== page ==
Bertrand Russell’s Views on the Philosophical View

(Essay) Bertrand Russell’s Views on the Philosophical View – Brandon Skenandore

Total word count: 795
Time spent researching and writing: 2 hrs

In “The Value of Philosophy”, Bertrand Russell informs the readers of his views on philosophy and the difference between the negative view of philosophy and the Practical Man. This essay will explain his views on these different topics and what stance I take on them.

So first of all, what is philosophy? According to, philosophy is defined as “a: the pursuit of wisdom” and “b: a search for a general understanding of values and reality by chiefly speculative rather than observational means”. Also, from my time spent in my philosophy class so far I have come to understand that philosophy tends to rely on logic and reason rather than observation, and that definite answers are not necessarily a part or goal of philosophy as is asking questions that cannot necessarily be answered with scientific reasoning.

In this reading, Russell states that there is a perceived negative view from many of the public of philosophy and that it is trifling and irrelevant. Some of the reasons for this may be that the goods obtained from philosophy are not like other sciences. Philosophy is not necessarily driven by goals or aimed at improving the practical quality of life, like other hard sciences. Russell states that “many men… are inclined to doubt whether philosophy is anything better than innocent but useless trifling, hair-splitting distinctions, and controversies on matters concerning which knowledge is impossible” (7). On the other hand, hard sciences tend to focus on producing products, inventions, or benefits to human life. This view, however, according to Russell, is a false impression and people need to be made known of the value of philosophy.

Now let’s take a look at the “Practical Man” as defined by Russell. This Practical Man is what most of us would think of when we thought about someone who is focused mainly on material things, or immediate needs. He or she may be hard working, family-centered, and possibly focused on immediate satisfaction, but may even be close-minded and maybe even reluctant of change. When I think of the Practical Man, I see someone who only looks at things as they appear and may take a substantial amount of things for granted. Now, I wouldn’t necessarily say that they are completely obstinate, but in America, where life appears to get easier and easier and quality of life goes up for the most part, it almost seems like more and more people are showing a “Practical Man” point of view in today’s society.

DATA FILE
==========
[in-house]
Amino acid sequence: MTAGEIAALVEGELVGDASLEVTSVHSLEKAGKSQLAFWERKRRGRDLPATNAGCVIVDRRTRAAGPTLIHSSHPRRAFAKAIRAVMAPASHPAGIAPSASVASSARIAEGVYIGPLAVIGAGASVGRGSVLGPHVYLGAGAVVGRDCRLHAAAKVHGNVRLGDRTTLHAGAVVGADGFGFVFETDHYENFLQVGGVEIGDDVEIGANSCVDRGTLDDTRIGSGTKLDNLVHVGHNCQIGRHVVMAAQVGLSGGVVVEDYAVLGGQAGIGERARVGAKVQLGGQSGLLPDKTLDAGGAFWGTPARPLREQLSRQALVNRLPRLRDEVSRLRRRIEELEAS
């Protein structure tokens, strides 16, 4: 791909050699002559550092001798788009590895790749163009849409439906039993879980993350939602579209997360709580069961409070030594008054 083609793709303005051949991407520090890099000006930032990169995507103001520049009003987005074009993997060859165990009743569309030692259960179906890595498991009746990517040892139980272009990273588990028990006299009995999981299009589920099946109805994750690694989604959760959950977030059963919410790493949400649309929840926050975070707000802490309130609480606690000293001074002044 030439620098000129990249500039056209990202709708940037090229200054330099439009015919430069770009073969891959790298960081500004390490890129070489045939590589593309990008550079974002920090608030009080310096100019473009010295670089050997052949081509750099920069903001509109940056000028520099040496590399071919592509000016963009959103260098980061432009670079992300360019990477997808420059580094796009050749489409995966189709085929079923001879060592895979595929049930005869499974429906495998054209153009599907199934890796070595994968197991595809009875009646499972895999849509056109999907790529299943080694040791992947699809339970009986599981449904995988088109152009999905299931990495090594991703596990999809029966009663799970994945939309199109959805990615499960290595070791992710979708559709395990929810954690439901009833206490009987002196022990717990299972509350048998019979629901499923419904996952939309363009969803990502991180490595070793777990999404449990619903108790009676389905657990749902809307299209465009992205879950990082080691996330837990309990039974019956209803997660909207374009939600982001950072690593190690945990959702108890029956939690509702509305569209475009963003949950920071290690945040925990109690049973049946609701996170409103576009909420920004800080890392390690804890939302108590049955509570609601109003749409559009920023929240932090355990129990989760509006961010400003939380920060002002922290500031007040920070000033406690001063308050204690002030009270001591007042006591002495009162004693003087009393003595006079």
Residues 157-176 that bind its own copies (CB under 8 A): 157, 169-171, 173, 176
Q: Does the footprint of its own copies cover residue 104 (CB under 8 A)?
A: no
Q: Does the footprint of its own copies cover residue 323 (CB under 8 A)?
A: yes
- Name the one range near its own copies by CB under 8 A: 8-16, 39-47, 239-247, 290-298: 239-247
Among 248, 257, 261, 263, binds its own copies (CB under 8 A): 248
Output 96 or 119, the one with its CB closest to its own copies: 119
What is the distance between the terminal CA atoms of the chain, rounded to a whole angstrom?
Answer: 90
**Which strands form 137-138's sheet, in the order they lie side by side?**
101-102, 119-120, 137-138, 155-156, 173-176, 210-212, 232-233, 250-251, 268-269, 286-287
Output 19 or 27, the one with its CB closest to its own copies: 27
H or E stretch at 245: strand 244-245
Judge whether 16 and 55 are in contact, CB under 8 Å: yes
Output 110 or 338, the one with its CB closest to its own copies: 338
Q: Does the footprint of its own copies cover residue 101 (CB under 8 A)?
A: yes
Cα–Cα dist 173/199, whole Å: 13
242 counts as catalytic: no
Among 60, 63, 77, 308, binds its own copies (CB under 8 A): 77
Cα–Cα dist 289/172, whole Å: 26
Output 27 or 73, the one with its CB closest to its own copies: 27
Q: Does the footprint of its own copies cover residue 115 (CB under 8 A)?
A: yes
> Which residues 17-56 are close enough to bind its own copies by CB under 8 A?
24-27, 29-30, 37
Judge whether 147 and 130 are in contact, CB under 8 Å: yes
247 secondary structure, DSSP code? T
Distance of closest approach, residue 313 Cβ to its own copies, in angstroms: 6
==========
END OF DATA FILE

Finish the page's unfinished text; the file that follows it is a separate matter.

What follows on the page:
Russell also goes on to state that having a mindset based more on philosophy can improve the life of the Practical Man. He says that to the Practical Man the world tends to be “definite, finite, obvious; common objects rouse no questions, and unfamiliar possibilities are contemptuously rejected” (9). On the contrary, he says that, when you imply a more philosophical view to your life, “everyday things lead to problems to which only very incomplete answers can be given”. Philosophy can also help us to have a new look on previously familiar things. Russell also says that the Practical Man may feel confined and only focusing on what is of immediate interest for him or his family. With a philosophical view, your outlook on life will become more “calm and free” (9). This makes sense, because if you look at things in this new outlook, things that you were used to will be perceived completely different, which I think is good for your mind, instead of confining yourself to the narrow-mindedness of the Practical Man.

So what do I think of all this? I personally agree with Russell’s views. I think that it is not healthy for the mind if you do not expand it and question things that you would normally take for granted. I think that one good example of this is moving to a new place. Although this does not necessarily project the philosophical view directly, I think it is a good example. About two and a half years ago I moved here from Seattle. Because of this, all of the things that were familiar to me were changed and I got a fresh start in almost every aspect of my life. While this may not be the perfect example of having a philosophical mindset, I think that it helps to understand the process that one may go through with a philosophical view, such as questioning reality and looking at stuff from a different perspective. I also think that it is healthy to open up your mind to the things around you. It almost seems to me like you will just have a better life if you think about things philosophically. I think it is a great attitude that will help to keep your mind sharp and happy.